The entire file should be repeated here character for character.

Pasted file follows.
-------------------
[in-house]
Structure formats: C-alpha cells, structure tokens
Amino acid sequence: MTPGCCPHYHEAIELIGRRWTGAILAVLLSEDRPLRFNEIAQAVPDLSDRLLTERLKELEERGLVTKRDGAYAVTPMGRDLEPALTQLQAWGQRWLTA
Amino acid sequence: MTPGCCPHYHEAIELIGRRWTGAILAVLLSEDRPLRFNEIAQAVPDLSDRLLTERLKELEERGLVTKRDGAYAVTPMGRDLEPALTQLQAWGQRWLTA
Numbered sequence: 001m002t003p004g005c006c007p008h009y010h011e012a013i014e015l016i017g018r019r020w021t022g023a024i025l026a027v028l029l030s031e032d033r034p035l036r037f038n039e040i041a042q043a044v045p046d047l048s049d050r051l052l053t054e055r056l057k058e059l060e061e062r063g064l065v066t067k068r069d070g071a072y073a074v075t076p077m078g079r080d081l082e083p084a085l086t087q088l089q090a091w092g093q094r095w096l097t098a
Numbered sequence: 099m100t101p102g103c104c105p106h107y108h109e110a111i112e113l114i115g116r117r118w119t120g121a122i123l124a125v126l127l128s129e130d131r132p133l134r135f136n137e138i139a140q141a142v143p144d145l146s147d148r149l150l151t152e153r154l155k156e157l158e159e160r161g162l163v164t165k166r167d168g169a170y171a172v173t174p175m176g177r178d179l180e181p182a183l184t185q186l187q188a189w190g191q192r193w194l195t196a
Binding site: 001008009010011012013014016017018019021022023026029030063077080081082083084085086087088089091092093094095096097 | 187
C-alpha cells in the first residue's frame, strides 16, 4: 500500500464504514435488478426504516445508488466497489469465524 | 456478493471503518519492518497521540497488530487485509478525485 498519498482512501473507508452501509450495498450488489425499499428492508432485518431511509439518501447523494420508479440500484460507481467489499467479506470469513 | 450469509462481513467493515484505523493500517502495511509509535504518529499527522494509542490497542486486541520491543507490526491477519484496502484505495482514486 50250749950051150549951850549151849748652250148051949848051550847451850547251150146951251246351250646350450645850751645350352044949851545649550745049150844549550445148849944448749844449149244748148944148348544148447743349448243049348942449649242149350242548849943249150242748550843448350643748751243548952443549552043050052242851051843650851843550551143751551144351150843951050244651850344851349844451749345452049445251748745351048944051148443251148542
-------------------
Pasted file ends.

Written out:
[in-house]
Structure formats: C-alpha cells, structure tokens
Amino acid sequence: MTPGCCPHYHEAIELIGRRWTGAILAVLLSEDRPLRFNEIAQAVPDLSDRLLTERLKELEERGLVTKRDGAYAVTPMGRDLEPALTQLQAWGQRWLTA
Amino acid sequence: MTPGCCPHYHEAIELIGRRWTGAILAVLLSEDRPLRFNEIAQAVPDLSDRLLTERLKELEERGLVTKRDGAYAVTPMGRDLEPALTQLQAWGQRWLTA
Numbered sequence: 001m002t003p004g005c006c007p008h009y010h011e012a013i014e015l016i017g018r019r020w021t022g023a024i025l026a027v028l029l030s031e032d033r034p035l036r037f038n039e040i041a042q043a044v045p046d047l048s049d050r051l052l053t054e055r056l057k058e059l060e061e062r063g064l065v066t067k068r069d070g071a072y073a074v075t076p077m078g079r080d081l082e083p084a085l086t087q088l089q090a091w092g093q094r095w096l097t098a
Numbered sequence: 099m100t101p102g103c104c105p106h107y108h109e110a111i112e113l114i115g116r117r118w119t120g121a122i123l124a125v126l127l128s129e130d131r132p133l134r135f136n137e138i139a140q141a142v143p144d145l146s147d148r149l150l151t152e153r154l155k156e157l158e159e160r161g162l163v164t165k166r167d168g169a170y171a172v173t174p175m176g177r178d179l180e181p182a183l184t185q186l187q188a189w190g191q192r193w194l195t196a
Binding site: 001008009010011012013014016017018019021022023026029030063077080081082083084085086087088089091092093094095096097 | 187
C-alpha cells in the first residue's frame, strides 16, 4: 500500500464504514435488478426504516445508488466497489469465524 | 456478493471503518519492518497521540497488530487485509478525485 498519498482512501473507508452501509450495498450488489425499499428492508432485518431511509439518501447523494420508479440500484460507481467489499467479506470469513 | 450469509462481513467493515484505523493500517502495511509509535504518529499527522494509542490497542486486541520491543507490526491477519484496502484505495482514486 50250749950051150549951850549151849748652250148051949848051550847451850547251150146951251246351250646350450645850751645350352044949851545649550745049150844549550445148849944448749844449149244748148944148348544148447743349448243049348942449649242149350242548849943249150242748550843448350643748751243548952443549552043050052242851051843650851843550551143751551144351150843951050244651850344851349844451749345452049445251748745351048944051148443251148542